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This Bionic Fingertip Allows Amputees To Feel Textures

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A bionic fingertip lets amputees feel textures, marking a huge step forward in the progress of prostheses.

Through surgical installation, the device is connected to nerves, but even people who are not amputees will be able to test it via needles that penetrate the skin of the wearer's arm.

Neuroengineer Silvestro Micera worked on the technology with the help of his team at the Ecole Polytechnique Federale de Lausanne (EPFL) in Switzerland and the Sant'Anna School of Advanced Studies (SSSA) in Italy.

The researchers carried out experiments with Dennis Aabo Sørensen from Denmark. About 11 years ago, he had an unfortunate firework accident that injured his left hand. After he was brought to the hospital, the doctors had to amputate it.

They started with a bionic hand that allowed Sørensen to determine whether an object in the prosthetic is either "soft or hard, round or square," as he put it, back in 2014. Because of that, little or no preparation was required to begin testing the artificial fingertip, as his ulnar and median nerves were already set with the interface.

The device sent out signals similar to what the nervous system delivers in the form of electric signals that are converted to electrical spikes, which were then transmitted to the nerves of Sørensen.

"The more we are able to reach the complexity of the natural sense of touch, the more usable the device will be," Micera tells Live Science.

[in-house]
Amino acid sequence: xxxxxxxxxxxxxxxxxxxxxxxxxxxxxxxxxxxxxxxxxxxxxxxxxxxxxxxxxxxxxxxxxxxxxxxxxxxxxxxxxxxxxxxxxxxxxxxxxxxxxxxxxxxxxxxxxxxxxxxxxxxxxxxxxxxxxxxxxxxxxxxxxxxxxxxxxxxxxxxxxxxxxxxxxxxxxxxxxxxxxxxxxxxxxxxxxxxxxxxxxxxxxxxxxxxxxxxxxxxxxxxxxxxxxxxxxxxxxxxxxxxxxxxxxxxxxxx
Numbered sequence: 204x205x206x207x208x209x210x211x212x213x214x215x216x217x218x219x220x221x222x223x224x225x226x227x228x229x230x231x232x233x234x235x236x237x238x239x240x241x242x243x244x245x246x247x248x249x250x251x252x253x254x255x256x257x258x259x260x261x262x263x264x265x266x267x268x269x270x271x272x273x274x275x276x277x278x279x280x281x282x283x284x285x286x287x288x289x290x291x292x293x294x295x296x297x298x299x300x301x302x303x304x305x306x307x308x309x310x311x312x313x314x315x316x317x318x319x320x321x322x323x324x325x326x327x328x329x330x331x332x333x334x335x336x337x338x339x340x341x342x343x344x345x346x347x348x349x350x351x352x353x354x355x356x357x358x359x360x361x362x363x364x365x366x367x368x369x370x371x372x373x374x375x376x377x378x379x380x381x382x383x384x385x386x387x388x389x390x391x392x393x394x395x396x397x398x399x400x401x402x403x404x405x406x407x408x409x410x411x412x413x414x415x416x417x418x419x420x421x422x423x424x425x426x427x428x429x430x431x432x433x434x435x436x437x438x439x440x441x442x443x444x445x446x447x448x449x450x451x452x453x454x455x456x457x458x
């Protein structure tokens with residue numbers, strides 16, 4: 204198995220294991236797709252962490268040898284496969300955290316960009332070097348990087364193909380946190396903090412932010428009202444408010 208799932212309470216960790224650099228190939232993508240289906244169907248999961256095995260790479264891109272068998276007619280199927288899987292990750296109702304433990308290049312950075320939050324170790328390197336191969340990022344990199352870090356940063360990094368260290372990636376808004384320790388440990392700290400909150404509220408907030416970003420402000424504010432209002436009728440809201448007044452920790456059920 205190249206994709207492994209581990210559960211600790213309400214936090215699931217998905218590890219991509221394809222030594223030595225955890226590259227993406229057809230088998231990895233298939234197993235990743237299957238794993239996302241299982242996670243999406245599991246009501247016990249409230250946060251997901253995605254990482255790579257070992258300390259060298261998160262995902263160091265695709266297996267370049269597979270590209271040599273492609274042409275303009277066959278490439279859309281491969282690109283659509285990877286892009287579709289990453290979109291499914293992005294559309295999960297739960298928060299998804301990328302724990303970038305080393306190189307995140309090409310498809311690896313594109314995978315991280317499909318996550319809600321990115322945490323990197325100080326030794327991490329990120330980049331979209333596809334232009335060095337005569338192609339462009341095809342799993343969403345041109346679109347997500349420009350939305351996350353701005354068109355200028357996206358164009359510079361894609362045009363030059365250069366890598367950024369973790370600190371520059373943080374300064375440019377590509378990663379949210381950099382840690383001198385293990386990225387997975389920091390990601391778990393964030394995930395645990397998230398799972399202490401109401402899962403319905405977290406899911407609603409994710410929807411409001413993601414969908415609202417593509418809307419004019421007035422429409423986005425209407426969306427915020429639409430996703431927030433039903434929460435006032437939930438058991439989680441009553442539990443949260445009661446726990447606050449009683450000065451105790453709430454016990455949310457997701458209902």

With the fingertip in place, Sørensen was capable of telling the difference between smooth and rough surfaces with a 96 percent success rate. According to the researchers, he is the first person to be able to do so with a bionic prosthetic.

"The stimulation felt almost like what I would feel with my hand. I still feel my missing hand, it is always clenched in a fist. I felt the texture sensations at the tip of the index finger of my phantom hand," Sørensen says.

Non-amputees also tested the device, where the volunteers could only distinguish the two different surfaces 77 percent of the time. It's speculated that Sørensen had a better performance because the electrodes were surgically implanted.

The researchers also scanned the brains of Sørensen and the volunteers. They found out that they all exhibited similar activity, even with the non-amputees using their own fingers. This means that the fingertip is able to produce the same sensations as touching with natural fingers can.

The artificial fingertip has already been consolidated with a prosthetic hand. Micera says that the team intends to do more experiments using the whole device with patients before 2016 ends.

"This study merges fundamental sciences and applied engineering: it provides additional evidence that research in neuroprosthetics can contribute to the neuroscience debate, specifically about the neuronal mechanisms of the human sense of touch. It will also be translated to other applications such as artificial touch in robotics for surgery, rescue, and manufacturing," Calogero Oddo, a bioengineer at the BioRobotics Institute of SSSA, says.

The people behind the technology published their research in the journal eLife.

The video below shows how the tests were conducted and how the device works.


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